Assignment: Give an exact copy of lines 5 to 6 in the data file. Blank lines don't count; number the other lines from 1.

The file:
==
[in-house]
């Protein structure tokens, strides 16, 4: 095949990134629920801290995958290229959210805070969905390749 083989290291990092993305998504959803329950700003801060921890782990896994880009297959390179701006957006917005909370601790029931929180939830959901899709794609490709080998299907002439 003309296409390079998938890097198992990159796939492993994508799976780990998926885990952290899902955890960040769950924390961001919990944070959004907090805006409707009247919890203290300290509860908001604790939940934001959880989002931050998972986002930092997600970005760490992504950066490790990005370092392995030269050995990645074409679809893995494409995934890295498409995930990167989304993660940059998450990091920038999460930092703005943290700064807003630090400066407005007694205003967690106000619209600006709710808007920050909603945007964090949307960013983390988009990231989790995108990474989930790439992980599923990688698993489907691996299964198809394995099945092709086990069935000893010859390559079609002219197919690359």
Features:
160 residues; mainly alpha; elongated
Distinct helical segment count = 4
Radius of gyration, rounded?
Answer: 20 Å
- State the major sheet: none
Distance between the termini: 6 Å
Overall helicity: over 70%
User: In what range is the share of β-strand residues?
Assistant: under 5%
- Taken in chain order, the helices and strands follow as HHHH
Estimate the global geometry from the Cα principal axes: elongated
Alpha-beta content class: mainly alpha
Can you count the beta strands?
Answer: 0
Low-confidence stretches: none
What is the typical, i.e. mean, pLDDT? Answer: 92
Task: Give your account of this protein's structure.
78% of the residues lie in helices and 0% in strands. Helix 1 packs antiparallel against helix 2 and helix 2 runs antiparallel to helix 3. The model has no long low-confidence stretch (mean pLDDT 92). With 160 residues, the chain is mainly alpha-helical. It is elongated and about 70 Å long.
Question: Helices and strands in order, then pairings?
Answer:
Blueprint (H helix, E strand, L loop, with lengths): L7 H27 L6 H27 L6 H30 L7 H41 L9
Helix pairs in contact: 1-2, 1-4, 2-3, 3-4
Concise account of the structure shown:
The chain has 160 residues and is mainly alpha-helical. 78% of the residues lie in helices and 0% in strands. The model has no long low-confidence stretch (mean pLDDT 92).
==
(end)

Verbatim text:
Distinct helical segment count = 4
Radius of gyration, rounded?